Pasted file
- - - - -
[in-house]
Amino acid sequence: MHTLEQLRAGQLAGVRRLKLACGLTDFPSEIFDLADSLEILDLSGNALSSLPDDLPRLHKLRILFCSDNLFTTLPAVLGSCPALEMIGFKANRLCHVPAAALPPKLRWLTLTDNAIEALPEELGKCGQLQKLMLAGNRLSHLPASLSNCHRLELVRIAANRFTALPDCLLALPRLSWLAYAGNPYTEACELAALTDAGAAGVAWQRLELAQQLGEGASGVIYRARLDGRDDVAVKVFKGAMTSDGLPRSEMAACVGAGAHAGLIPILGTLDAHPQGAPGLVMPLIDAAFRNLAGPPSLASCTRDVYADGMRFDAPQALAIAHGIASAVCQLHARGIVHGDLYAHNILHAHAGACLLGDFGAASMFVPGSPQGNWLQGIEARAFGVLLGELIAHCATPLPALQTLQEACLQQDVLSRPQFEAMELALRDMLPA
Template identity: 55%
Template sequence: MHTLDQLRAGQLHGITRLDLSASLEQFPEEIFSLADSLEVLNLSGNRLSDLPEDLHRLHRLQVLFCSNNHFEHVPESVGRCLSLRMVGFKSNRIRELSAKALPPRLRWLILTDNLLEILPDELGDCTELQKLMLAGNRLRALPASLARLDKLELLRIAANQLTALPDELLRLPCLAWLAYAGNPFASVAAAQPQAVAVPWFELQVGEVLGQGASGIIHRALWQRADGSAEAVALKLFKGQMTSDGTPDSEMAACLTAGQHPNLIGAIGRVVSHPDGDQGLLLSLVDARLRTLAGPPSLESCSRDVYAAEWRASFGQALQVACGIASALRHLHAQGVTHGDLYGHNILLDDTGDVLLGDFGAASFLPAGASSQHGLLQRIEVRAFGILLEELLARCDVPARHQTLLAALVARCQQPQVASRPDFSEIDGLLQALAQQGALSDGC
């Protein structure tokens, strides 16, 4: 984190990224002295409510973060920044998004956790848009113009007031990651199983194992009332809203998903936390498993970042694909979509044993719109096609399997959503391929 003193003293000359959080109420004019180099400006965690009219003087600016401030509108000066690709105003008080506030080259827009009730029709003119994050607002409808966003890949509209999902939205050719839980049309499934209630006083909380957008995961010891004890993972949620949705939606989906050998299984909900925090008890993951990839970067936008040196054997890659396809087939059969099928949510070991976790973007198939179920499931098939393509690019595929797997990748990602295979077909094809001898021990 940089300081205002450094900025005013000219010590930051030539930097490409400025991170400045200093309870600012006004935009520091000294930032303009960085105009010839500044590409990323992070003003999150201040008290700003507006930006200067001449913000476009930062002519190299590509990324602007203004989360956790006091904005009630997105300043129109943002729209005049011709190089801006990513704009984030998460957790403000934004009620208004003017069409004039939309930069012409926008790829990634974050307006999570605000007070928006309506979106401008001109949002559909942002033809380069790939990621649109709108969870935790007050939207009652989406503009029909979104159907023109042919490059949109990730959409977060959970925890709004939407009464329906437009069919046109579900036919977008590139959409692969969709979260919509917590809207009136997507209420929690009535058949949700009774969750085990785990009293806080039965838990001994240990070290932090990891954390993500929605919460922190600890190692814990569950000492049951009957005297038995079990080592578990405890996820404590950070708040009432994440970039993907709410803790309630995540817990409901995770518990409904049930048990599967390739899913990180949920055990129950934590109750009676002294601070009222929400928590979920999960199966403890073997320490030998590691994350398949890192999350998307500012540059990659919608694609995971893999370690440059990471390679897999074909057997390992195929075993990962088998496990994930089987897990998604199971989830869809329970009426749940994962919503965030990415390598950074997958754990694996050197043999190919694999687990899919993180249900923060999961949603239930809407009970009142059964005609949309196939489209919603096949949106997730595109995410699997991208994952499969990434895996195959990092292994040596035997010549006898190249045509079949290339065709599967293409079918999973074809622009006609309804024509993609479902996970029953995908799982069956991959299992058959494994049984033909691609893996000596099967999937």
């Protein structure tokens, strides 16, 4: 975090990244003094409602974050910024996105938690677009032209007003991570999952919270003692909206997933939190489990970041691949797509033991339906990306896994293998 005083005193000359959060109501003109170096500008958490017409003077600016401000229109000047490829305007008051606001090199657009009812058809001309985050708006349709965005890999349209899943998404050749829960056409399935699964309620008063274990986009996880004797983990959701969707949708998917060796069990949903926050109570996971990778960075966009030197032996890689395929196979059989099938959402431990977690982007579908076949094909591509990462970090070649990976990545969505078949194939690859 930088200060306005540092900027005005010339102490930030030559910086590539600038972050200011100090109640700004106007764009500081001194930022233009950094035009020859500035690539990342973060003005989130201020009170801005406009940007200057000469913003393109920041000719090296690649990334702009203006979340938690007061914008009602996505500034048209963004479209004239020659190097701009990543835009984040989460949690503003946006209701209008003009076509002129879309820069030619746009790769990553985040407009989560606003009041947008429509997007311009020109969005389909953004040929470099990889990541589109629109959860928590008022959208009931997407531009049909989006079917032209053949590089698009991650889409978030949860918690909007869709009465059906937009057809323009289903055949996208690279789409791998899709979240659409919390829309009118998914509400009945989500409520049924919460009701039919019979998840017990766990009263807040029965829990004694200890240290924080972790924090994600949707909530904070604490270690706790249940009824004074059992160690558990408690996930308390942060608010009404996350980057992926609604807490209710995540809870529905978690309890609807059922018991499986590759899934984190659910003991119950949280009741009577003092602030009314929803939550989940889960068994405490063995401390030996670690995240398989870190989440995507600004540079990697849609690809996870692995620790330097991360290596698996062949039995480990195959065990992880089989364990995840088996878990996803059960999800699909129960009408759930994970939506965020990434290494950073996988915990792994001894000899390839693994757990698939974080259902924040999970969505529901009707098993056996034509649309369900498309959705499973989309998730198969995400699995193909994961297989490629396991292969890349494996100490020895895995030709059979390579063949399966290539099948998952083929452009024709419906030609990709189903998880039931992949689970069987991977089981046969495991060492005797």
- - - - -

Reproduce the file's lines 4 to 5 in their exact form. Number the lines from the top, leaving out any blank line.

Template sequence: MHTLDQLRAGQLHGITRLDLSASLEQFPEEIFSLADSLEVLNLSGNRLSDLPEDLHRLHRLQVLFCSNNHFEHVPESVGRCLSLRMVGFKSNRIRELSAKALPPRLRWLILTDNLLEILPDELGDCTELQKLMLAGNRLRALPASLARLDKLELLRIAANQLTALPDELLRLPCLAWLAYAGNPFASVAAAQPQAVAVPWFELQVGEVLGQGASGIIHRALWQRADGSAEAVALKLFKGQMTSDGTPDSEMAACLTAGQHPNLIGAIGRVVSHPDGDQGLLLSLVDARLRTLAGPPSLESCSRDVYAAEWRASFGQALQVACGIASALRHLHAQGVTHGDLYGHNILLDDTGDVLLGDFGAASFLPAGASSQHGLLQRIEVRAFGILLEELLARCDVPARHQTLLAALVARCQQPQVASRPDFSEIDGLLQALAQQGALSDGC
């Protein structure tokens, strides 16, 4: 984190990224002295409510973060920044998004956790848009113009007031990651199983194992009332809203998903936390498993970042694909979509044993719109096609399997959503391929 003193003293000359959080109420004019180099400006965690009219003087600016401030509108000066690709105003008080506030080259827009009730029709003119994050607002409808966003890949509209999902939205050719839980049309499934209630006083909380957008995961010891004890993972949620949705939606989906050998299984909900925090008890993951990839970067936008040196054997890659396809087939059969099928949510070991976790973007198939179920499931098939393509690019595929797997990748990602295979077909094809001898021990 940089300081205002450094900025005013000219010590930051030539930097490409400025991170400045200093309870600012006004935009520091000294930032303009960085105009010839500044590409990323992070003003999150201040008290700003507006930006200067001449913000476009930062002519190299590509990324602007203004989360956790006091904005009630997105300043129109943002729209005049011709190089801006990513704009984030998460957790403000934004009620208004003017069409004039939309930069012409926008790829990634974050307006999570605000007070928006309506979106401008001109949002559909942002033809380069790939990621649109709108969870935790007050939207009652989406503009029909979104159907023109042919490059949109990730959409977060959970925890709004939407009464329906437009069919046109579900036919977008590139959409692969969709979260919509917590809207009136997507209420929690009535058949949700009774969750085990785990009293806080039965838990001994240990070290932090990891954390993500929605919460922190600890190692814990569950000492049951009957005297038995079990080592578990405890996820404590950070708040009432994440970039993907709410803790309630995540817990409901995770518990409904049930048990599967390739899913990180949920055990129950934590109750009676002294601070009222929400928590979920999960199966403890073997320490030998590691994350398949890192999350998307500012540059990659919608694609995971893999370690440059990471390679897999074909057997390992195929075993990962088998496990994930089987897990998604199971989830869809329970009426749940994962919503965030990415390598950074997958754990694996050197043999190919694999687990899919993180249900923060999961949603239930809407009970009142059964005609949309196939489209919603096949949106997730595109995410699997991208994952499969990434895996195959990092292994040596035997010549006898190249045509079949290339065709599967293409079918999973074809622009006609309804024509993609479902996970029953995908799982069956991959299992058959494994049984033909691609893996000596099967999937």